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Definite articles (eg "the") indicate that it is a "known noun phrase" - the noun phrase is known by the listener/reader. Indefinite articles (eg "a") indicate an "unknown noun phrase" - the noun phrase is not one that is directly identifiable by the listener. But there are situations where there is no definite or indefinite article, such as when the possessive form is used. Consider the following sentence:

1. A good idea of Tom's.

We know that #1 is indefinite. But consider the following:

2. Tom's good idea.

Is "good idea" in #2 definite or indefinite? What is the deep structure of #2, above? Is it like "the good idea" (known noun phrase) or like "a good idea" (unknown noun phrase)?

  • what's your question :P – Maulik V Apr 12 '14 at 17:39
  • My question: Is "good idea" at number "2" an unknown or a known noun phrase? – nima Apr 12 '14 at 17:44
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    "Tom's good idea" refers to a known idea. I would say that "Tom's good idea" is equivalent to "the good idea of Tom's" (but "the good idea of Tom's" sounds pretty awkward). – Tanner Swett Apr 12 '14 at 19:44
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    @nima_persian I've tried to clarify the wording in this question. Please, let me know if you feel the new wording has changed the meaning of your original question. – Nico Apr 12 '14 at 20:11
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    Genitive NPs in determiner position are always definite, so if you have to pick one or the other for the phrase's "deep structure", pick the. – snailboat Apr 12 '14 at 21:13
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This is out of context, so it’s hard to say. I would venture that ‘Tom’s’ in ‘Tom’s good idea’ serves to define the idea, so in a sense it’s functioning like a definite article. It’s not just any good idea, but Tom’s.

You might have a text that starts as follows:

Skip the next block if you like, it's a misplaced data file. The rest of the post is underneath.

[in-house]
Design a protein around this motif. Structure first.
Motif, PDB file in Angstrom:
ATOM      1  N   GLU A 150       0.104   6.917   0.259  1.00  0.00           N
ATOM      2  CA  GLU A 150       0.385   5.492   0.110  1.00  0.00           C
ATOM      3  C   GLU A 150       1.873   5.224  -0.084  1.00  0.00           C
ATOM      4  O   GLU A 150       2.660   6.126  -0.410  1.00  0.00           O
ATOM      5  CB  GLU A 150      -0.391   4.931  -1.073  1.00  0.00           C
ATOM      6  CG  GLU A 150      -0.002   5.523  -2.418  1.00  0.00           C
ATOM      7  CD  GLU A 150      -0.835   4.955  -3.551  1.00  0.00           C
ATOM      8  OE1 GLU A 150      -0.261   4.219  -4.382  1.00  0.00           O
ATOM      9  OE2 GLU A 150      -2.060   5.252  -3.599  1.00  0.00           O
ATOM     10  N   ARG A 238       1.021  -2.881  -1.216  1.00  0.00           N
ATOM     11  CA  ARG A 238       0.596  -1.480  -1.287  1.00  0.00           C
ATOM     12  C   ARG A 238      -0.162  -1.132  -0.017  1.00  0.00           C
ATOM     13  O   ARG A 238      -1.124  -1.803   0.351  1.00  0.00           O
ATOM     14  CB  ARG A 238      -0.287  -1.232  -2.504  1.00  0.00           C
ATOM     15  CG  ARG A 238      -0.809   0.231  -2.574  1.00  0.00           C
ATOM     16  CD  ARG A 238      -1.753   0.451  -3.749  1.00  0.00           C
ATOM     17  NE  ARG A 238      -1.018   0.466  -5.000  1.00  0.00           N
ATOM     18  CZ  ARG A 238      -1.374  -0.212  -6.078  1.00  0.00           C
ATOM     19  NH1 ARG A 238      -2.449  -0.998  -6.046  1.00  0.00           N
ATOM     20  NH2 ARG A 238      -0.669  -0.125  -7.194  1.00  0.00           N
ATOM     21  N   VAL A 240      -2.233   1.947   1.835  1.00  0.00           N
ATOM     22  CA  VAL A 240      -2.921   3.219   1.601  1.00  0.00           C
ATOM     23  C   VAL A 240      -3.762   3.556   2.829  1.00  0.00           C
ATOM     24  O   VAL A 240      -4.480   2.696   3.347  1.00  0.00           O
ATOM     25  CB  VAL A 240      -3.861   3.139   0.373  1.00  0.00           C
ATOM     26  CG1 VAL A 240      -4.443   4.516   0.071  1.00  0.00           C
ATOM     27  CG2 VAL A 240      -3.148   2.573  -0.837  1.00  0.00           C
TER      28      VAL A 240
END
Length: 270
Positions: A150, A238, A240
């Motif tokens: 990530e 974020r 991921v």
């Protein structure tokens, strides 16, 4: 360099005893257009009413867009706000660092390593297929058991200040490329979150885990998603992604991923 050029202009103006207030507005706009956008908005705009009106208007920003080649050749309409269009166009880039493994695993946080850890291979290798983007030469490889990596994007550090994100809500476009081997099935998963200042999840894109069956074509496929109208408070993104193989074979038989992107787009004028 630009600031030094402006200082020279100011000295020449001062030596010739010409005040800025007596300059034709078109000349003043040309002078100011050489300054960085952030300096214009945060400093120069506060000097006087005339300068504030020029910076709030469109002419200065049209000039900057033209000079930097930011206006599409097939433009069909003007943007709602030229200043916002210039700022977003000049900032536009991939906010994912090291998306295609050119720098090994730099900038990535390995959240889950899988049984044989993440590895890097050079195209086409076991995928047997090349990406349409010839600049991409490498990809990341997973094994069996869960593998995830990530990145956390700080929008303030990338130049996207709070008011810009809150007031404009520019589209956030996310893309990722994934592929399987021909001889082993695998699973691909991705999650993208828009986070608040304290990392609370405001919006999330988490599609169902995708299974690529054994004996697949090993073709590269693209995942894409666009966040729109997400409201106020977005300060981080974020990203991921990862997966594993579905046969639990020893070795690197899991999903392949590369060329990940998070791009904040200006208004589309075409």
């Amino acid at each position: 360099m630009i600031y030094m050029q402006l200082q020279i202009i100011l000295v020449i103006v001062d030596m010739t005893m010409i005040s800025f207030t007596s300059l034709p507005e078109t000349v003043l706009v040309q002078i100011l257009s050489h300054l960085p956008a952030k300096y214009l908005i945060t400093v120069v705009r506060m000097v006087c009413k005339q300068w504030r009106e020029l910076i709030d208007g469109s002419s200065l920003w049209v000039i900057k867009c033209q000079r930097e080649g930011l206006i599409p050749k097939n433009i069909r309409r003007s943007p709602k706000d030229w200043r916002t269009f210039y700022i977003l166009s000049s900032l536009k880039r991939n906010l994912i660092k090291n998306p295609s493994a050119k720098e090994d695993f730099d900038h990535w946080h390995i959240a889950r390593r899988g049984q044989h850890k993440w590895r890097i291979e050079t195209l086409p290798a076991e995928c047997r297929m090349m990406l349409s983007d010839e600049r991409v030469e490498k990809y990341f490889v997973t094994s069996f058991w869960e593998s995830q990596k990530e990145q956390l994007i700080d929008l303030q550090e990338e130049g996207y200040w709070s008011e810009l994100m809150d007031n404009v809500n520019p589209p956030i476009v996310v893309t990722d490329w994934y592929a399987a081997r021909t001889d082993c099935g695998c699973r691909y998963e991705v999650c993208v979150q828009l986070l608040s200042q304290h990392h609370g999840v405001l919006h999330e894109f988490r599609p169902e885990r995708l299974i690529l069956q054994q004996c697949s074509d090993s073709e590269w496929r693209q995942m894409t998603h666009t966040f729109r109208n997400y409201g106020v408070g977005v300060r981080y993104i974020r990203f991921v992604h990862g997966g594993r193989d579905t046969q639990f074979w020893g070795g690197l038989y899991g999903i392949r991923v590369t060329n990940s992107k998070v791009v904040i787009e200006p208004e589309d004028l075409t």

At the meeting, we heard about a good idea for solving the cash flow problem from Tom. Tom’s good idea involved increasing sales through strategic price reduction. [...]

The first mention of the idea uses the indefinite article, but subsequently it’s referred to as Tom’s. You might also have ‘the idea’, ‘this idea’ in place of ‘Tom’s good idea’. In fact, it sounds somewhat unnatural to repeat the adjective, so ‘Tom’s idea’ would actually be better. Hope that helps.

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Quick Answer:

The sentences you created do not represent equivalent transformations. It's more like this:

  • Definite: "The good idea of Tom's" and "Tom's good idea"
  • Indefinite: "A good idea of Tom's" and "One of Tom's good ideas"

The possessive determiner is definite. In the last phrase, "One of Tom's good ideas", it is speaking of the definite set "Tom's good ideas", but is selecting one indefinite idea from the set.


Detailed Answer:

Your question is really about English determiners. Determiners can express the noun's reference in many ways, including definite, indefinite, quantity, possessive, etc. A list of English determiners is given here: http://en.wiktionary.org/wiki/Category:English_determiners

There are several theories of determiners, and it is an area of linguistic study. There are also many variations and special cases, so there's no single rule that covers all situations. One aspect is based on familiarity of the NP to both the speaker and the listener. A related aspect is whether the information is new/unknown/not-yet-introduced or old/known/introduced previously.

In the Noun Phrase (NP) "A good idea of Tom's", the "good idea" is one (indefinite) "idea" of possibly many. For example,

  • A good idea of Tom's is to build a bridge. The idea is known by the speaker, but the speaker assumes the listener does not know which one he is referring to until after he explains it.

Sometimes the indefinite article is used to introduce an NP and the definite article is used after that. This can be based on the new/old unknown/known aspect of determiner theory:

  • A good idea of Tom's is to build a bridge. The idea is that if we build a bridge, we can eliminate the ferry and traffic congestion. In the first sentence, the idea is introduced. In the second sentence it should be clear to the listener (reader) to understand which idea is being referred to.

The following NP uses the possessive determiner:

  • Tom's good dog.

The dog is first being qualified as the one and single "good dog" that is owned by John. As such, this determiner is "definite". In context, the word "good" might also be acting as a determiner. The speaker could be indicating Tom's one particular good dog rather any of his other bad dogs. Otherwise, "good" is simply being descriptive of his dog.

The following is similarly possessive (and determinate):

  • Tom's good idea

Here the speaker is referring to a particular good idea that Tom has. It is similar to this:

  • The good idea of Tom's

Finally, note that your phrase "A good idea of Tom's" could be rephrased as "One of Tom's good ideas"


Note that in google search, "unknown noun phrase" does not have many results, so that's not a common terminology in English.

See also:

  • I didn't get much sleep so if I mixed up the sense of speaker/listener or writer/reader, please feel free to correct it. Thanks – CoolHandLouis Apr 14 '14 at 17:37

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